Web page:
Running a marathon, should you do it? It’s the end of April, and the London Marathon is over for another year.
There are certainly highs and lows most years, and 2016 is no different.
On the plus side, the incredible amounts raised for charity, the stories of personal triumph; and the one millionth finisher.
Unfortunately, this year, David Seath (a Captain in the army), collapsed and died. It’s a stark reminder of just how challenging a marathon can be.
So if you have been caught up in the well-spring of emotion, and are trying to decide whether or not to run your first marathon, here are some pros and cons to weigh up.
Why run a marathon?
If you are fairly sedentary or are only used to moderate bouts of exercise, then the thought of running a marathon can seem like a distant dream.
Even though marathon running has grown exponentially over the last 30 years, it is still a huge goal on many people’s bucket list.
There are many potential reasons to run a marathon, but only a handful that are valid. Probably the biggest and best reason is that you have a burning desire to run one.
There is no reason to rationalise the thought. If it is there, it’s a good starting point. If your motivation is intrinsic (coming from within) you are far more likely to stick with it through thick and thin.
It can also be highly motivating if you have a mission or cause. Something or someone you are running for.
It can be used jointly as an inspiration and a motivation. But bear in mind, that the cause is more important than the run. It might be that there are better and more suitable ways to raise funds and awareness.
And let’s not forget the physiological, psychological and social reasons to run a marathon.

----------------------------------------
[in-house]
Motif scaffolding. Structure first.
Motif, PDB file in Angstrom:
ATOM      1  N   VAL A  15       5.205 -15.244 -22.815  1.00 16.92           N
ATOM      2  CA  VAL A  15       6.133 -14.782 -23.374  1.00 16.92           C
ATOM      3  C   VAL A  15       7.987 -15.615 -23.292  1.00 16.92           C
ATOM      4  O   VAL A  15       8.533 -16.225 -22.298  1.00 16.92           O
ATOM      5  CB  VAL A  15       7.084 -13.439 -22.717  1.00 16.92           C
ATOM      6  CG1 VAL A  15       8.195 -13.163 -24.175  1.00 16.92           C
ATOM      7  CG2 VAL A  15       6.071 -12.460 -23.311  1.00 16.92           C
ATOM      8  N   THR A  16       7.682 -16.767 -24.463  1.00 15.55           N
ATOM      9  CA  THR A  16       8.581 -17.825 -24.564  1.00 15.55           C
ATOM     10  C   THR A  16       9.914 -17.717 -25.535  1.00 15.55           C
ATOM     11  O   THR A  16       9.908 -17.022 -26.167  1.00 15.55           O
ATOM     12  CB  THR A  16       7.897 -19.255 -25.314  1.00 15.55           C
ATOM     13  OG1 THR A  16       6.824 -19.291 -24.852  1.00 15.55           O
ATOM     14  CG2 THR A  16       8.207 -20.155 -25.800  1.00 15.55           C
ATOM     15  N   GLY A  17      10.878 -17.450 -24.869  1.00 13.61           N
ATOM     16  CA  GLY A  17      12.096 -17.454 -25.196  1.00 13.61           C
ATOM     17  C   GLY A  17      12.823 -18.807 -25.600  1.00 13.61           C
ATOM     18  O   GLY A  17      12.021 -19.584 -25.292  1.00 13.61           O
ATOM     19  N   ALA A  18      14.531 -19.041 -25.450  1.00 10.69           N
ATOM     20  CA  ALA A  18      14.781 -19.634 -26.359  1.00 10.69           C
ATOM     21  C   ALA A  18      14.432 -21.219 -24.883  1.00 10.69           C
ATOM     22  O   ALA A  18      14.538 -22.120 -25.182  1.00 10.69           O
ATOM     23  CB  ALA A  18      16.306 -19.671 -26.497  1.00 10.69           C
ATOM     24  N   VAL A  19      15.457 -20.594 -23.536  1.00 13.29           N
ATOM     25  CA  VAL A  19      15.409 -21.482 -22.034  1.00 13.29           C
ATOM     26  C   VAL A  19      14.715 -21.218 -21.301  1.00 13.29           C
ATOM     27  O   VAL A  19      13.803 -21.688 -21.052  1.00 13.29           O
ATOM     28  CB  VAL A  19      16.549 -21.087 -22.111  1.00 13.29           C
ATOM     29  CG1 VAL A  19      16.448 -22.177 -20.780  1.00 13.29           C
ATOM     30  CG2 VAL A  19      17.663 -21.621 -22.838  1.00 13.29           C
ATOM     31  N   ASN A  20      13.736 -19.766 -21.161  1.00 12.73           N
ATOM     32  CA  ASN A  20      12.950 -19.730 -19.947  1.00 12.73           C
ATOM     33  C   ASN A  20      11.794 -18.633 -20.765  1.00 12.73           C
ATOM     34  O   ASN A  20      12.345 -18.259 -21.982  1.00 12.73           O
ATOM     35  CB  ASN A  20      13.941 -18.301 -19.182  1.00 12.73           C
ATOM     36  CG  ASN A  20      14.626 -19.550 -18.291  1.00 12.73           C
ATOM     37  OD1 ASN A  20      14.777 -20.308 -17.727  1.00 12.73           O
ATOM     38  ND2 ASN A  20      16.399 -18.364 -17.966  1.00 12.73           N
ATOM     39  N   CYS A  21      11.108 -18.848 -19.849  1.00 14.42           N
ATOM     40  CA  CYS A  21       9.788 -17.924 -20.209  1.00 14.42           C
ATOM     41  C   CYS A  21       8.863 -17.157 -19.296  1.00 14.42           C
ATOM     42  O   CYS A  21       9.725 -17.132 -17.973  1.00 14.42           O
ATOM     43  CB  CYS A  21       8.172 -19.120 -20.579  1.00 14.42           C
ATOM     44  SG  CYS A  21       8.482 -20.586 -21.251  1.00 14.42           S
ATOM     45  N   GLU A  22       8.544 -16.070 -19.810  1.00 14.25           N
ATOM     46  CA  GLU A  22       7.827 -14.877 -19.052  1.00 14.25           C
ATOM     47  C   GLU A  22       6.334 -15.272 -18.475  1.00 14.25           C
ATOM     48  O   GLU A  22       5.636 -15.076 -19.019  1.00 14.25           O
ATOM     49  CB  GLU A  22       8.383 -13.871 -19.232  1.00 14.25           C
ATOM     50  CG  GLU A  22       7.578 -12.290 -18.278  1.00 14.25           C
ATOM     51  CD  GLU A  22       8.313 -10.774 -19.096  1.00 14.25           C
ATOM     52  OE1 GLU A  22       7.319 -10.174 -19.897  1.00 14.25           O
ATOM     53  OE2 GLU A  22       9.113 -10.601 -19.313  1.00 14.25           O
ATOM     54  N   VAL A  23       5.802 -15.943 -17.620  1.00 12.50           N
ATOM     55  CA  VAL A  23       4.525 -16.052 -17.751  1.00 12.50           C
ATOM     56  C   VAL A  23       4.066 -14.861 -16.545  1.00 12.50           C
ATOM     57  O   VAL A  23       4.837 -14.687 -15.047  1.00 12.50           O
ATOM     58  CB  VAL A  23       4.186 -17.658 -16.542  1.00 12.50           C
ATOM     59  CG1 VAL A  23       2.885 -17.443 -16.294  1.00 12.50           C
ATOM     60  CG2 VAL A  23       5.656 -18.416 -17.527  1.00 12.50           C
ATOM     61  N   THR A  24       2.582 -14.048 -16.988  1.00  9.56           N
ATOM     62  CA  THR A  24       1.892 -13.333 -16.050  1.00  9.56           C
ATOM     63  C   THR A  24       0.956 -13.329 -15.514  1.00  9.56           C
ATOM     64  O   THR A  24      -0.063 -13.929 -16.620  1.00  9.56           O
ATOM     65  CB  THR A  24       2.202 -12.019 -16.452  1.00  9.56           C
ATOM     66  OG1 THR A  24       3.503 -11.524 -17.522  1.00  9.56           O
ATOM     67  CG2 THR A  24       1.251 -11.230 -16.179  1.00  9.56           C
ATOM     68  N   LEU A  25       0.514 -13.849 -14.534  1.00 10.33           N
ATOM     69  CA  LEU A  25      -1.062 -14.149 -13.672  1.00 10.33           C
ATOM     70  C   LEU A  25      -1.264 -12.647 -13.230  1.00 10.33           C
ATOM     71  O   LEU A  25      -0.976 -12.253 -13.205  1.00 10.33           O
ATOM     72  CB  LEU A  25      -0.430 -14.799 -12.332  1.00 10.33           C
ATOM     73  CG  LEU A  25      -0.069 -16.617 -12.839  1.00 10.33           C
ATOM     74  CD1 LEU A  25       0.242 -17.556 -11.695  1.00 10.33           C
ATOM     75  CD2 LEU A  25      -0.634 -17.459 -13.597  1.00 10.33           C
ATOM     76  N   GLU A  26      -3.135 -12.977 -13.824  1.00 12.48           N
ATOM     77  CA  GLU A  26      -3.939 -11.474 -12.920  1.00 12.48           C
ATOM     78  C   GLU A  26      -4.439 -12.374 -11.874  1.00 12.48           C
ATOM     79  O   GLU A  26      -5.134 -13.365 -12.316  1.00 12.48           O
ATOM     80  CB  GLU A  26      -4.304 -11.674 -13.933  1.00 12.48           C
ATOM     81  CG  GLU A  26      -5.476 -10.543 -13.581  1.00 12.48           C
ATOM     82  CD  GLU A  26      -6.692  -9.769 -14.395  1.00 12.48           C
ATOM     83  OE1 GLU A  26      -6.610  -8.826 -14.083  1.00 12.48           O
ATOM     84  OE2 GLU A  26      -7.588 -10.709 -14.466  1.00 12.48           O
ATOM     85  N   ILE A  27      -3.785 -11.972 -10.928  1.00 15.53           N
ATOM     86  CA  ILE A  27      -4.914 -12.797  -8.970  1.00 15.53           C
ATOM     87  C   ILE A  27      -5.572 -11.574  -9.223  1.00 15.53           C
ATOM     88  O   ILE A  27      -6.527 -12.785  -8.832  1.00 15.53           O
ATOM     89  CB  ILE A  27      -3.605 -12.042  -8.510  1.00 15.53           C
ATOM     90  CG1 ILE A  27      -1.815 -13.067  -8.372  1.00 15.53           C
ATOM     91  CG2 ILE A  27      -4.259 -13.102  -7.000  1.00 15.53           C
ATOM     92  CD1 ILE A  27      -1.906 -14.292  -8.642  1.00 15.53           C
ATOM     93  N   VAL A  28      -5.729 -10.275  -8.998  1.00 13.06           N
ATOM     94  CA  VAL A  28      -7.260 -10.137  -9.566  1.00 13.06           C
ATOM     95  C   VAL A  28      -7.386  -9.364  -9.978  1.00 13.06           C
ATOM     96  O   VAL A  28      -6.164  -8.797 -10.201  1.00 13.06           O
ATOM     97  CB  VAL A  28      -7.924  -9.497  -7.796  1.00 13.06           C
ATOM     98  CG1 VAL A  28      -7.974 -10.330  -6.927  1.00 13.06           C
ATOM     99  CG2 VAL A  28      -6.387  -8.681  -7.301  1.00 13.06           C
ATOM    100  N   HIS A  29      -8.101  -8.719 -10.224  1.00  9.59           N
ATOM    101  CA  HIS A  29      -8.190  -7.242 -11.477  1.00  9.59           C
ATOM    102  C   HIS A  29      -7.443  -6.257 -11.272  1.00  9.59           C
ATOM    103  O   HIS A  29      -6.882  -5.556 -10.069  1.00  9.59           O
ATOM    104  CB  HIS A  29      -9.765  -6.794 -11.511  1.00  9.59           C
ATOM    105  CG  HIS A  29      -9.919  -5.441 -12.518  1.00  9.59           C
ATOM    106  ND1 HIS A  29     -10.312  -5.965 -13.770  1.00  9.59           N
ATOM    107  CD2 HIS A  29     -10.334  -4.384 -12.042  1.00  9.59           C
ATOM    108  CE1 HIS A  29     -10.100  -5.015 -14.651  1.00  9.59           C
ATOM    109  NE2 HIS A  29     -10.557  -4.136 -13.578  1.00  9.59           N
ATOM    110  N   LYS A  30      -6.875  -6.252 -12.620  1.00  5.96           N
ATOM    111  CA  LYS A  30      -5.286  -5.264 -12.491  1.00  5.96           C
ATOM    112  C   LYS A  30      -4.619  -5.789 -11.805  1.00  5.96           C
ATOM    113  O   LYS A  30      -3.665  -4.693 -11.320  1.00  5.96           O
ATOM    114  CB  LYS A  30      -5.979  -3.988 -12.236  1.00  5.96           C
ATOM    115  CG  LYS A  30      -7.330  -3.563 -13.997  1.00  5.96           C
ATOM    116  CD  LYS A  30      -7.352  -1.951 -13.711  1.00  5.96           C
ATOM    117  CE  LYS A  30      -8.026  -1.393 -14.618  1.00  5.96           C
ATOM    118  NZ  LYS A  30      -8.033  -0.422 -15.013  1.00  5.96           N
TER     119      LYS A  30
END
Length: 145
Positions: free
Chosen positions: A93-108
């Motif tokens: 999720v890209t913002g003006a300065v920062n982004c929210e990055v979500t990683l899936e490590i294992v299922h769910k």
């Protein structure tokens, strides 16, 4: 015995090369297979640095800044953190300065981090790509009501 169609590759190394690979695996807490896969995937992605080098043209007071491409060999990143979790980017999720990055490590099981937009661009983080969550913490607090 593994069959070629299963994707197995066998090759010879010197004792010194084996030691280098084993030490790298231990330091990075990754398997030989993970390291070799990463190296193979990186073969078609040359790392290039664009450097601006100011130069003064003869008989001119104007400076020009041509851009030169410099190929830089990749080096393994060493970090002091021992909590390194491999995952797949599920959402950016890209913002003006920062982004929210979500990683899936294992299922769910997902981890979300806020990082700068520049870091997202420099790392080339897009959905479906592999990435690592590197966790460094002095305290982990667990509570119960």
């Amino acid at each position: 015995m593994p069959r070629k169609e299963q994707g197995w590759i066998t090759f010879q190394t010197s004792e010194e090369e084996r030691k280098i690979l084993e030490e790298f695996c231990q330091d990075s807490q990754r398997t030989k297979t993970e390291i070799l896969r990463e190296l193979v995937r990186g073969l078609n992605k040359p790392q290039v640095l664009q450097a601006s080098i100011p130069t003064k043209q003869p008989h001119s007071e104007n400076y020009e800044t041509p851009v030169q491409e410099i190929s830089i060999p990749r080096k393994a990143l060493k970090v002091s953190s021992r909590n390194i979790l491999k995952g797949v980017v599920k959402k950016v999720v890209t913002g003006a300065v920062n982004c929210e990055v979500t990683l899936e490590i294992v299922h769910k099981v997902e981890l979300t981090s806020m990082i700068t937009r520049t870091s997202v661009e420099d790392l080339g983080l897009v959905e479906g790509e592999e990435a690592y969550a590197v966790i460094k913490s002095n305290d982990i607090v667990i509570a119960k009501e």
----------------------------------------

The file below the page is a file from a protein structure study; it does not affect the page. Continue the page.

Physiologically running has been shown to decrease the risk of diabetes, reduce the risk of cardiovascular disease, improve bone density and support weight control.
Studies have shown that running can help to counteract depression. And of course, if you decide to join a running club it can be a great social outlet.
The possible downside of running a marathon
As we alluded to earlier, there are potential downsides too. Of course, as tragic as they are, deaths are statistically very rare. There are far more real physical complications involved.
To prepare for a marathon there is no way to avoid the hard yards. For the body to store enough glycogen on race day, you are likely to have to run at least 2 or 3 long runs in the weeks leading up to the event itself.
So including the marathon itself, you could be running as much as 80 to 100 miles within a space of a few weeks. It’s tough! It has been suggested that a third of all marathon runners get injured during training.
Back pain, joint pain, and gastrointestinal issues have all been attributed to marathon training.
In truth, unless you are VERY fired up to run one, consider other options too. The hours and the miles away from the course itself are very unglamorous.
But if you do decide to commit, the accomplishment will live with you forever.